Wednesday, October 6, 2010

Early Fall


Fall weather has arrived in peninsula Florida, marking its earliest arrival in the ten years that I have lived here. The winter season in Florida is marked far more by dry weather than cold temperatures, though there is a connection between them. Though we still have daytime temps in the low 80s, the dry air that has moved in allows for night-time readings to drop into the low 60s and upper 50s (it is 57 at the moment). This marks a dramatic shift from just last week, when moist air dominated the area and lows were falling only into the mid-70s.

Most importantly, for comfort, is the arrival of low dew points throughout the day, allowing us to shut down the air conditioner and open the windows on October first. That is a full month before we normally have the weather in place to allow us to begin our “tumble-down, wild, picnicky sort of life,” that Harriet Beecher Stowe noted was the most charming thing about living in Florida in the winter season. So, in the words of Stowe, lets celebrate the “general happy-go-luckiness which Florida inculcates,” and embrace the outdoor life that is the hallmark of the dry season in Florida.

Tuesday, August 31, 2010

"All in" Online.


In an effort to embrace the online teaching that I am doing, and will likely be doing much more of in the future, I have adopted a pedagogy that is techno-centric this semester. I have my students blogging, working on a wiki page, and editing a google map with content overlays. The end result will (hopefully) be a website that is a relatively comprehensive compendium of information for the various topics at hand (there are three classes involved).

I'll let you know how it pans out.

Monday, August 23, 2010

The Lure of Florida.


Having been in New England for most of the summer, returning to Florida for the (very long) end of one of the hottest summers on record, it is hard for me to wrap my head around what it is about this place that lures seemingly sane people to move here. I was struck by that rather soberly this evening when I learned that Gilbert Fite had passed away in Florida in July. As an eager Grad student lapping up works on rural, agricultural and labor history while studying in Chicago I read Fite's work with great pleasure. He was a child raised on a North Dakota Homestead farm (literally), and an academic who wrote so compellingly of the ever-more-stressful plight of farmers on the northern plains in so compelling a manner that I had understood him only in the context of that often forbidding but always enticing region. Imagine my surprise, then, to learn that he died in Fort Myers, Florida, to which he had retired, apparently, to play golf.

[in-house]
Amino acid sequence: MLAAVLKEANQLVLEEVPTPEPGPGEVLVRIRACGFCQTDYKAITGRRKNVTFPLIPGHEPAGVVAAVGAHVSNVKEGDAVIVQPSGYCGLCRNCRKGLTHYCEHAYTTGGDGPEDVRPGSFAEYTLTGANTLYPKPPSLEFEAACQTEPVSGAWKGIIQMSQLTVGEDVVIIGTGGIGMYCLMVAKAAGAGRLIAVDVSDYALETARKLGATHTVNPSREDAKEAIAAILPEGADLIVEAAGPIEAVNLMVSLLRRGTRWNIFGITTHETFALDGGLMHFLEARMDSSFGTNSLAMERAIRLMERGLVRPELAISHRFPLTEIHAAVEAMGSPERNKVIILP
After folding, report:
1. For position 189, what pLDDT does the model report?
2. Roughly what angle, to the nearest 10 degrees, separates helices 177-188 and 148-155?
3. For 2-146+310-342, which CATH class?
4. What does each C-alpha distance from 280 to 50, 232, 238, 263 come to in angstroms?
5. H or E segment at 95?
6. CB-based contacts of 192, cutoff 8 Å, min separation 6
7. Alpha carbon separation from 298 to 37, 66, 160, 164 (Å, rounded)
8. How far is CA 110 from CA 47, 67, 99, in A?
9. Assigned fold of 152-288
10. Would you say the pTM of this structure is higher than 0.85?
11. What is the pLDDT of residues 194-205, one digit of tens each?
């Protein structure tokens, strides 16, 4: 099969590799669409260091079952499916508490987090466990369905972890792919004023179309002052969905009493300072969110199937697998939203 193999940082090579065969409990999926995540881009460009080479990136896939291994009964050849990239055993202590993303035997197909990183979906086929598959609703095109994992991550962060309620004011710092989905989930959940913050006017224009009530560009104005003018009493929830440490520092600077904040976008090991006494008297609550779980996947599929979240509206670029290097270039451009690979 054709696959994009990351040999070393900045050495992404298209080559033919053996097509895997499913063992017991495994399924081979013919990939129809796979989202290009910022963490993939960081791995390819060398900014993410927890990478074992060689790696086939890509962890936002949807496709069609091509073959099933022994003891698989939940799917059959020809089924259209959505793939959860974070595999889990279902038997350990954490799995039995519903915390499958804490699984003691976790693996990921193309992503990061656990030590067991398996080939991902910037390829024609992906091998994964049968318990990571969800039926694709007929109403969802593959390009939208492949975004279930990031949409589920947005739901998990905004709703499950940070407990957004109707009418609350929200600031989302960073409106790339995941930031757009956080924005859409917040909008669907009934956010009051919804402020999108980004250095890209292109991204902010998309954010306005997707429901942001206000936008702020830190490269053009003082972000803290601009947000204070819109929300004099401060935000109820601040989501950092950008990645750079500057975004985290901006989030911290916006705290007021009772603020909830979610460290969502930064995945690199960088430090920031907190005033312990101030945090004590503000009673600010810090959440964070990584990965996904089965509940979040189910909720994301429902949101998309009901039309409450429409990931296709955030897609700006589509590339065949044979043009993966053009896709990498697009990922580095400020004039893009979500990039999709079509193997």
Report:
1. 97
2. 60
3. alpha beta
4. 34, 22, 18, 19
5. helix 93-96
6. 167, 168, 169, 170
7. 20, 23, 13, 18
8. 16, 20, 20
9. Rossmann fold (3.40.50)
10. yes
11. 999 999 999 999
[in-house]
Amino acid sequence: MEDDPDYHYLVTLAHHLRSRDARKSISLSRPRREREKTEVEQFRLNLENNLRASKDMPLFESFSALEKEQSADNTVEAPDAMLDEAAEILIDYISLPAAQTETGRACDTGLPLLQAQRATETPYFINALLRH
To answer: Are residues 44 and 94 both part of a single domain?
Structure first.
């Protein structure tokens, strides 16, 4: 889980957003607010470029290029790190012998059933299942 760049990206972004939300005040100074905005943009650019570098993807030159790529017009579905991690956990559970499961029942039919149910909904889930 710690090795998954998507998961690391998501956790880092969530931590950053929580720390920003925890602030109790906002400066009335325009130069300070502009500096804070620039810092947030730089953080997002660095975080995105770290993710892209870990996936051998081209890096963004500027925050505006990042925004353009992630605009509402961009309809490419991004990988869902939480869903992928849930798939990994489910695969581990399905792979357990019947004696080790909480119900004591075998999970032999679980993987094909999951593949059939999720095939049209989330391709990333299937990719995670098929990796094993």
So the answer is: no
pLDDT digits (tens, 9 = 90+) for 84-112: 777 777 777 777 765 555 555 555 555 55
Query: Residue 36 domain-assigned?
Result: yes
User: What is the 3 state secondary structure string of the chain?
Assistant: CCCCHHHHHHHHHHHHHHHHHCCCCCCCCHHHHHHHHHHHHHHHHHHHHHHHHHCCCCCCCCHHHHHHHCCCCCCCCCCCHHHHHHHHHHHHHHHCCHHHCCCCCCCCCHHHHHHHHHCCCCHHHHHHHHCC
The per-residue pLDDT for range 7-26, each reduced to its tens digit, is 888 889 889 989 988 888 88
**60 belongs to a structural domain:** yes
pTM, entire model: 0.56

In any case, Godspeed Professor Fite. I hope you find a set of links on a short-grass prairie in an afterlife that does not force you to endure the heat and humidity that you so recently left behind. And thank you for your thoughtful and engaged scholarship and your commitment to keeping alive the memory of a hopeful impulse in American life in which family farms and farmers were thought to matter and to deserve a political economy in which they could survive, if not thrive.

Monday, June 7, 2010

NOAA and Deepwater Horizon.


If you find comfort in the collection and generation of knowledge, as most good post-Renaissance people do (at least those who have not been infected by the heresies of Michel Foucault such as myself), you will enjoy following the ever-expanding surface oil slick generated on a daily basis by the National Oceanic and Atmospheric Administration, which creates a number of daily graphs and aggregates all of its information on its Deepwater Horizon Incident page. Warning: It makes for some really depressing reading, including the number of turtles dying on a daily basis.

Friday, June 4, 2010

Maps can be very instructive.


This is a post designed to demonstrate who narrow is the world in which I live, mentally. I was playing with a map this evening (I know, geek badge) and decided to trace the latitude of my town around the globe to see what it intersected. I was more than a little surprised by the results. I know already that I was a straight shot from my local beach to the Canary Islands on the coast of Africa, because I my daughter asked me years ago where we would end up if we just kept swimming and I looked up the answer for her. Beyond that I was surprised to learn that we were about 70 miles south of Cairo, for example. But what blew me away, and sent me to the computer to confess my ignorance, was the striking revelation that my very hot, flat town is 99 statue miles north of the peak of Mt. Everest in Nepal! I would not have bet on that in a lifetime, to be honest.